Thus this culture (bell- Beaker) may well be spread without any massive population
P312 * is perhaps first came to Spain by the Mediterranean sea (Balkans?, Italy?)

What do you think about this?


Title: Re: P312* and L21- Some Observations on Distribution
Post by: MHammers on April 27, 2010, 11:47:35 PM
Given that L21 is also P312, we thought, perhaps, wrongly that both groups came in the Western Europe by the same road. But I find that this assumption is contracdiction with the fact that we find very little P312* in Ireland.

If one tries to approximate the haplogroups with prehistoric cultures (very dangerous, I admit it!),maybe we could see this there:
The Corded Ware culture came from the east with the majority as majority haplogroup L21
The Bell-Beaker of the first phase, from Spain and Portugal, going back up northwarth as haplogroup majority P312*.
The meeting of the two cultures have given the Celtic language (from Archaeology magazine that I am reading now).
The Beaker culture is especially prevalent along the lines of communication (coasts, along rivers).
Thus this culture (bell- Beaker) may well be spread without any massive population
P312 * is perhaps first came to Spain by the Mediterranean sea (Balkans?, Italy?)

What do you think about this?

Corded-ware territory is mostly R1a today and with R1a aDna found in two Corded-ware individuals.  It doesn't mean r1b couldn't be present during that time period in Germany or Poland.   The people of the Corded-ware culture were originally forest foragers who adopted steppe customs/lifestyle about a millenia after the people of the steppe were doing it.   I think for the most part, R1b would have been south and west of them.  The Cordeds were important in the development of the Indo-Iranians though.


Title: Re: P312* and L21- Some Observations on Distribution
Post by: alan trowel hands. on April 28, 2010, 09:47:54 AM
The bushiness of R1b1b2 around the L11/S116/U106/U152/L21 seems to be a unique event in its history where some sort of demographic window of opportunity was seized.  There is no evidence I am aware of of two periods of demographic explosion in R1b1b2's early history.  So, if this is not due to the spread of farming (still very much an IF in my opinion)  then we need to look at cultures who were marginal to the demographic advantages of early farming in the early Neolithic and who somehow gained some sort of major advantage a few 1000 years later in the late Neolithic.  I dont feel my knowledge of late Neolithic eastern/SE Europe and SW Asia is up to making a suggestion.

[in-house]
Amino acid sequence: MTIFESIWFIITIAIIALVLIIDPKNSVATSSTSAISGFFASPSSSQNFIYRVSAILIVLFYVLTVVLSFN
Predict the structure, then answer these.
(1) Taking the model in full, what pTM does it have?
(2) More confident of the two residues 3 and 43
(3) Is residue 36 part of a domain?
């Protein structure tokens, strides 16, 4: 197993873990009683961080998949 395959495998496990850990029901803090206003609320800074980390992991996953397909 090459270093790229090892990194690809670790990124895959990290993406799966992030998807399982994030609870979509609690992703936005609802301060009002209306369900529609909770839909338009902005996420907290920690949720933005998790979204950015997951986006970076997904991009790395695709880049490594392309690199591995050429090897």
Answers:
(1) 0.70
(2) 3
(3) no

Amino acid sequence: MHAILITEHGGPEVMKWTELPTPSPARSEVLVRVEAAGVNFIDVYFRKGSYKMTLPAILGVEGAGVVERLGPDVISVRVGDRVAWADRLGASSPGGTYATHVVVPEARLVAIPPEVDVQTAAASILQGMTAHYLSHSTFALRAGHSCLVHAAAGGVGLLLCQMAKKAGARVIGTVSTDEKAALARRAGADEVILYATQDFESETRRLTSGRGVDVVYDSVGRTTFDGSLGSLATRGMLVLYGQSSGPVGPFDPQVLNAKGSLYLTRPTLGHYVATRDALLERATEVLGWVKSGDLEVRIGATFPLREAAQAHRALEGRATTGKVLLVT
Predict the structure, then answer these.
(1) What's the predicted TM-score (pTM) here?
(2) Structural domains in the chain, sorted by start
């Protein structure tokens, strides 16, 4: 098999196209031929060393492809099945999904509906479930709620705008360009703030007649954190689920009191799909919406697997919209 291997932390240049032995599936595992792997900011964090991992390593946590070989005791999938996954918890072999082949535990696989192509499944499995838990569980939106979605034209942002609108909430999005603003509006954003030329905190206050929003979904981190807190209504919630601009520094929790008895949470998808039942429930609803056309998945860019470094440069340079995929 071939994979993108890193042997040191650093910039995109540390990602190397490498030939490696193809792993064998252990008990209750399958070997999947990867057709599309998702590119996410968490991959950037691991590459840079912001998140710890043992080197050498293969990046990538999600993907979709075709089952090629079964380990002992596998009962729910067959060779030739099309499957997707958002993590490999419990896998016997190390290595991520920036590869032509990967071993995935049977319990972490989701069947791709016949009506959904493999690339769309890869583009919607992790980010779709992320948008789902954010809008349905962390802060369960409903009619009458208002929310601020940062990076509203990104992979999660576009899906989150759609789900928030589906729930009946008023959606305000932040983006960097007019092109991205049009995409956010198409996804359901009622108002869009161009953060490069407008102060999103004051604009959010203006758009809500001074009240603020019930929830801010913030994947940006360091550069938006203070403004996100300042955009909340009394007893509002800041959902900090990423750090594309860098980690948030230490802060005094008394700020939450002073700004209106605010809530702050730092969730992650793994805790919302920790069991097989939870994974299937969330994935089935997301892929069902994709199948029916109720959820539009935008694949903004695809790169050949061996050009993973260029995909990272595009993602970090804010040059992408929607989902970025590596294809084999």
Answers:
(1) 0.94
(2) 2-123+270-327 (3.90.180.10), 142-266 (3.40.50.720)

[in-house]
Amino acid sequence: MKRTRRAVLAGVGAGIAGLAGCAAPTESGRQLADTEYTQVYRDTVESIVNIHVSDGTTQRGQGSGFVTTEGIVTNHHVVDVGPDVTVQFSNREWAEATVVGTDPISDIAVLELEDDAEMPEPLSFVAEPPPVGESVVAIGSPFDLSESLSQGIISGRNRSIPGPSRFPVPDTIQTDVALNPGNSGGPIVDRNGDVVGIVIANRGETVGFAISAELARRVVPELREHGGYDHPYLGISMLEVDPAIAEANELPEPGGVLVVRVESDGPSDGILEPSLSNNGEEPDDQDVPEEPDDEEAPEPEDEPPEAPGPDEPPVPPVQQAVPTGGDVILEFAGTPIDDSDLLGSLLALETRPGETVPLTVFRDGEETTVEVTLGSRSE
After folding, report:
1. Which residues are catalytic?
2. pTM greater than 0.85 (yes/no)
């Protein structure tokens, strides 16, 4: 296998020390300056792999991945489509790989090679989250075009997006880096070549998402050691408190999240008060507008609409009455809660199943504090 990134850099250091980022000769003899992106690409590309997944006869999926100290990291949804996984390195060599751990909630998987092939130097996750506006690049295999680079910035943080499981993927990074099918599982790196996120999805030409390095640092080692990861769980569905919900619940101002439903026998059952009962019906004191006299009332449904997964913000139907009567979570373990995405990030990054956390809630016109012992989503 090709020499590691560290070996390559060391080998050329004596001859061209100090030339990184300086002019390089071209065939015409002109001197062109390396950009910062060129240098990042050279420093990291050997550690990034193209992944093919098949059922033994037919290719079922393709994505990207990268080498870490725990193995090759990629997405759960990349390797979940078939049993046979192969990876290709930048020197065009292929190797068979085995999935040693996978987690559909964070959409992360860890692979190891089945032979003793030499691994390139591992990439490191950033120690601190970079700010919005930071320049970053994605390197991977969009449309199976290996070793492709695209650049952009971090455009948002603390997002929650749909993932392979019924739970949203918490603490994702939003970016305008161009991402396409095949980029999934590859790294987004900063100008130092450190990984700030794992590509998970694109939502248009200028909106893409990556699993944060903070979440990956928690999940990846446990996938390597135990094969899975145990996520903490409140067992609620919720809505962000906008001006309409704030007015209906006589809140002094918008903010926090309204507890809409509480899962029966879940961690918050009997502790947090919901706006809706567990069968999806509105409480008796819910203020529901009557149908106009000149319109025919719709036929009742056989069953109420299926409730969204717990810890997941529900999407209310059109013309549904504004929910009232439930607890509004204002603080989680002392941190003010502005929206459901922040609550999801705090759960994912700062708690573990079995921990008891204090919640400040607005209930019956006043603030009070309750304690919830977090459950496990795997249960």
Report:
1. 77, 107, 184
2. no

Title: Re: P312* and L21- Some Observations on Distribution
Post by: MHammers on April 28, 2010, 12:57:31 PM
Hi Alan,

As you mentioned, there is something that gives these downstream R1b's a competitive demographic advantage that you don't see in other European Y HG's like J2, E-V13, and G2.  Even HG I, is only strong in certain regions in central and western Europe.  Here are two highly speculative possibilities:

Scenario 1:
R1b came in with the Neolithic farmers, then they inherit the gene for Lactase persistence from the Pontic steppe where it probably emerged.  Funnelbeaker people had this gene, but not the earlier farmers.  The Cucuteni-Tripolye farmers lived in western Ukraine and Romania for about 2,000 yrs., before the major IE expansions began and finally absorbed/overran them.  Plenty of time to learn IE, acquire LP and Kurgan culture.  They, then would have arrived with steppe incursions during the 4th-3rd mil. primarily into Hungary.  Other HGs were maybe more west or among the Cardial-ware Neolithic and didn't benefit from this.

Scenario 2:
R1b were not originally farmers, but arrived in Europe with the Yamnaya migrations c.3000BC.  Their origin still may have been SW Asia, but they came around the Caucasus instead of with the Balkan Neolithic farmers.

Scenario 2 better explains the R1b in some Asia populations.  With either scenario early L11 and P312 was likely close to Hungary, Poland, or Ukraine.


Title: Re: P312* and L21- Some Observations on Distribution
Post by: NealtheRed on April 28, 2010, 03:47:45 PM
Given that L21 is also P312, we thought, perhaps, wrongly that both groups came in the Western Europe by the same road. But I find that this assumption is contracdiction with the fact that we find very little P312* in Ireland.

If one tries to approximate the haplogroups with prehistoric cultures (very dangerous, I admit it!),maybe we could see this there: